A state agency is looking at whether New Jersey by rejoining a regional initiative to clamp down on greenhouse gases from power plants could wind up increasing climate-altering pollution elsewhere.
The issue, known as leakage, has been raised previously by environmentalists and energy consultants who questioned whether New Jersey’s proposal to re-enter the Regional Greenhouse Gas Initiative might increase emissions from states not part of the program.
In essence, critics argued the caps set by the Murphy administration on carbon pollution from power plants were at such a level that cheaper and dirtier generating units out of state would run more frequently than expensive and less polluting facilities in New Jersey, leading to more global warming pollution.
As a result, the New Jersey Board of Public Utilities, recognizing that modeling suggests potential leakage, will hold a meeting with stakeholders to determine policy to fix the problem if significant global warming pollution increases. The meeting will be held Dec. 13 at Montclair State University’s Center for Environmental and Life Sciences from 10 a.m. to 1 p.m.
“It makes sense to do this analysis,’’ said Bruce Ho, a senior advocate for the Natural Resources Defense Council’s Climate and Clean Energy Program. “It is an important issue for states to look at to get a handle on this issue.’’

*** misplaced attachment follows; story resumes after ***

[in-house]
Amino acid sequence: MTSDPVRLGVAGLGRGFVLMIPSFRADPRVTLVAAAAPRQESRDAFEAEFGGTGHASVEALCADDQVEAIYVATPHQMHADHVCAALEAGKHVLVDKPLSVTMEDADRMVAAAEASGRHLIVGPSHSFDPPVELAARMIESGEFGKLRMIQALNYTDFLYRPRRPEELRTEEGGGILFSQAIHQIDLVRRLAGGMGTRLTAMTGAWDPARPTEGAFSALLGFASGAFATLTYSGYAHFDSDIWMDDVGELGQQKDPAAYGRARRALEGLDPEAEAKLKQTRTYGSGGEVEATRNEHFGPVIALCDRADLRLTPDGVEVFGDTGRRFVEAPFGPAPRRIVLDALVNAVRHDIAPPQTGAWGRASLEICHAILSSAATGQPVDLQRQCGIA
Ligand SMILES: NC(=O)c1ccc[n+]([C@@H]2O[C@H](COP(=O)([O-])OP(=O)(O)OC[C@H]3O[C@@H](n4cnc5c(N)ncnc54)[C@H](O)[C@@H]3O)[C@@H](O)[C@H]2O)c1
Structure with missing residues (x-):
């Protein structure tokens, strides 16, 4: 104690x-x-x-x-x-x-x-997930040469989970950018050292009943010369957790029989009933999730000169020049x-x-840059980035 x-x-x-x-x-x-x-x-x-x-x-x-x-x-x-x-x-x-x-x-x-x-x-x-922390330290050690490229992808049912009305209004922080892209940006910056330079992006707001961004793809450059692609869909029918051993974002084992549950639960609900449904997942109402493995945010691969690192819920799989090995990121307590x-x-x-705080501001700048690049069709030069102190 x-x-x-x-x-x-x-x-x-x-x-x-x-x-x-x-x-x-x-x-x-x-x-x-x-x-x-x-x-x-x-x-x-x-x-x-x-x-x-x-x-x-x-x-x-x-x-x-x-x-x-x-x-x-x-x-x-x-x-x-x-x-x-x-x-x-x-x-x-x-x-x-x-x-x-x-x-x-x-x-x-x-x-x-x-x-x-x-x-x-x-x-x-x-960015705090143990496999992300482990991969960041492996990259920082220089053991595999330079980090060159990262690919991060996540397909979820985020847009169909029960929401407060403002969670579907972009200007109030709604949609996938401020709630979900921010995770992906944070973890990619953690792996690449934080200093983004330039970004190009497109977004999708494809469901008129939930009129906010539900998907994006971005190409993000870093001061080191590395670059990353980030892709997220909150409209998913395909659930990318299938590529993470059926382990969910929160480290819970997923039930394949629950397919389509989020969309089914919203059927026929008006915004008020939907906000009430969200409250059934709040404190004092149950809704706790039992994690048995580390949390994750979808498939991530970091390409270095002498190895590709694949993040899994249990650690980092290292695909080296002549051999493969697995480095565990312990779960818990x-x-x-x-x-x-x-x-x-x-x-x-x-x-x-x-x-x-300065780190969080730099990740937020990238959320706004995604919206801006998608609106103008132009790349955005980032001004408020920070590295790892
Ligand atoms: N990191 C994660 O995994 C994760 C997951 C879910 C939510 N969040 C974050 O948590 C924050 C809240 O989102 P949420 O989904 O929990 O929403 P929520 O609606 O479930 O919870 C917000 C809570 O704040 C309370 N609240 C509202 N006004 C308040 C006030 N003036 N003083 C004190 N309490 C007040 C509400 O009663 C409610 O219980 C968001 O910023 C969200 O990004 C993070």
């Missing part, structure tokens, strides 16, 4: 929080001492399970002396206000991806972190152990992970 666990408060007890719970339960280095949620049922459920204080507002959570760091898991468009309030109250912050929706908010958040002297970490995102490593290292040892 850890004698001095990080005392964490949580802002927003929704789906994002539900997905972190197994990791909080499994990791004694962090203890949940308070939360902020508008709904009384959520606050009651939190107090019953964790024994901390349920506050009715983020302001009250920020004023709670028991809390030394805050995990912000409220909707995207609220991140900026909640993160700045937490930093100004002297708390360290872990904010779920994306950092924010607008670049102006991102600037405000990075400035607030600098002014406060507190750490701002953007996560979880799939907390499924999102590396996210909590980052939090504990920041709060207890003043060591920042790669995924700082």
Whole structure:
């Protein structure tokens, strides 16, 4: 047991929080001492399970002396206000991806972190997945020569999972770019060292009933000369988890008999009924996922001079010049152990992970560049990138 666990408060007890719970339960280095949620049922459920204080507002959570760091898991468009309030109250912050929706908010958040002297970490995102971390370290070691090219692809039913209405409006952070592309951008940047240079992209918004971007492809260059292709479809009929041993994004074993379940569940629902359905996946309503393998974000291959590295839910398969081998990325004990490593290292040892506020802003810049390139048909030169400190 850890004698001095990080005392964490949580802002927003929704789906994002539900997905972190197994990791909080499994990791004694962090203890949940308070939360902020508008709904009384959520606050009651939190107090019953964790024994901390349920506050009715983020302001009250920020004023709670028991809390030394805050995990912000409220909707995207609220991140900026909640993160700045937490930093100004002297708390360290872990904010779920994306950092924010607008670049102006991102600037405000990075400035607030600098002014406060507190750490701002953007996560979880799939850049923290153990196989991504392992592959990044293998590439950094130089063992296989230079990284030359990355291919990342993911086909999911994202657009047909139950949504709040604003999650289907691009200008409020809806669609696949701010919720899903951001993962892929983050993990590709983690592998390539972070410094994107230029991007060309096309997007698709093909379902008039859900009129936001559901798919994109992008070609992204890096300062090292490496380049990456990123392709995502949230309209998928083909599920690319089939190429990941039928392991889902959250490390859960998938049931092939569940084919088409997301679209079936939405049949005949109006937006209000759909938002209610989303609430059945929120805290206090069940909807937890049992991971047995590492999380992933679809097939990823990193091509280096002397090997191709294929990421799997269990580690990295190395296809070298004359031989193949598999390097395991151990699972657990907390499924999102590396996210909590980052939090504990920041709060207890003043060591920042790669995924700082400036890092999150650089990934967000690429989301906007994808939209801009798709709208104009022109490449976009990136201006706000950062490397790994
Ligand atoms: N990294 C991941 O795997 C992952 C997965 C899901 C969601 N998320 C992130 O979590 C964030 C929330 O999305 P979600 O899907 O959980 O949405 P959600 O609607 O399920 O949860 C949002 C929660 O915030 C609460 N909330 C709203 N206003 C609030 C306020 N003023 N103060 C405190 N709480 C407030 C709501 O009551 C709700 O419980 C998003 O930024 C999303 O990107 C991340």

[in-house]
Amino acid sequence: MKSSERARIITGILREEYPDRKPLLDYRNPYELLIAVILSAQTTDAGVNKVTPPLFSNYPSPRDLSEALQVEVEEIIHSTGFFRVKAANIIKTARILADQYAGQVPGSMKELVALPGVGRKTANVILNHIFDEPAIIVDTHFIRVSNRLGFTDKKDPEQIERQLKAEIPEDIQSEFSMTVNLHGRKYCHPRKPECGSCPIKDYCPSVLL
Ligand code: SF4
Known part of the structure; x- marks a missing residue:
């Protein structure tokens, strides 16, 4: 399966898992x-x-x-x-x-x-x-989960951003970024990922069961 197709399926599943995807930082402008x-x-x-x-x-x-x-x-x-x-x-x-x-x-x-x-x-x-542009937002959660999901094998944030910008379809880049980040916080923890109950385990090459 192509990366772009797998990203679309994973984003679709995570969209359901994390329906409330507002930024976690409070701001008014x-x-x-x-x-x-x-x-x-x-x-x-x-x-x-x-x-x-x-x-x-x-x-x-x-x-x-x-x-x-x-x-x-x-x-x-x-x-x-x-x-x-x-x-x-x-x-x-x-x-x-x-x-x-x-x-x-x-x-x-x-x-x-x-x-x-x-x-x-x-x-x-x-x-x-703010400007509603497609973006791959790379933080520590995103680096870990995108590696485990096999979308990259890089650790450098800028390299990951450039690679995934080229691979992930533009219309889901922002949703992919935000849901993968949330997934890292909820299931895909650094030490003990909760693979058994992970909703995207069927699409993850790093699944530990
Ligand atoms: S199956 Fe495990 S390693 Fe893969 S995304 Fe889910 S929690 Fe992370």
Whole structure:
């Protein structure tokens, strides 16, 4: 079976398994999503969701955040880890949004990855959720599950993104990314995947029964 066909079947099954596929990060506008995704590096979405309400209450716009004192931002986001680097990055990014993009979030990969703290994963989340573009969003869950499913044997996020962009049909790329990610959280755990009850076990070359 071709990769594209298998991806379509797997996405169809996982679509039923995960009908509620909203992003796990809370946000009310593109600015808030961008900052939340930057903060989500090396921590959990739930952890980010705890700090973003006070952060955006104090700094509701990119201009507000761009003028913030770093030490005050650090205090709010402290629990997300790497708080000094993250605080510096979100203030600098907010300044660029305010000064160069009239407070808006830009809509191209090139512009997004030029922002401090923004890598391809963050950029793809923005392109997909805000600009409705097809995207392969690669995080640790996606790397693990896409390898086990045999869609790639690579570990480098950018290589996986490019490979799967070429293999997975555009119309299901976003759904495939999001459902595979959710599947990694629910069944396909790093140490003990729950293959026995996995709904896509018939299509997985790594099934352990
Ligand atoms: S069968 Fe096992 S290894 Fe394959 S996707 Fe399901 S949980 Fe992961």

New Jersey was an original member of RGGI, but former Gov. Chris Christie withdrew the state from the program in 2012, calling it ineffective and merely a tax on utility customers. For Gov. Phil Murphy, rejoining the initiative was a primary campaign issue and led to one of his first executive orders of his administration.
Utility customers will pay
The multistate initiative is a cap-and-trade program which places a tax on carbon pollution from power plants, an expense passed on to utility customers. Money raised by the surcharge is passed back to states to fund clean-energy efforts that support renewable energy, energy efficiency and environmental justice programs.
At one time, it was viewed as a possible model for a national program to reduce greenhouse gas emissions from power plants. It may yet achieve that purpose. New Jersey will participate in the next RGGI auction early next year, and Virginia will join the initiative in 2021.
More significantly, Pennsylvania Gov. Tom Wolf announced this fall he wanted his state to join RGGI. Pennsylvania is the fourth largest emitter of greenhouse gas emissions and a major source of fossil fuel emissions.
For New Jersey to avoid increasing emissions as a result of leakage, Ho argued it and other states need to expand the footprint of RGGI to include other states, like Pennsylvania. New Jersey also needs to focus on expanding its use of renewable energy and energy efficiency programs to reduce energy use, Ho said.
“We need to lock on things in New Jersey so we don’t increase emissions from dirty plants in other states,’’ agreed Jeff Tittel, director of the New Jersey Sierra Club. That means increased investments in renewable energy and energy efficiency, Tittel said.
While different modeling predicted various results, one set of calculations by Gabel Associates, a respected energy consulting firm in Highland Park, suggested any emission reductions gained by New Jersey by rejoining RGGI would be offset by increased carbon pollution from other states.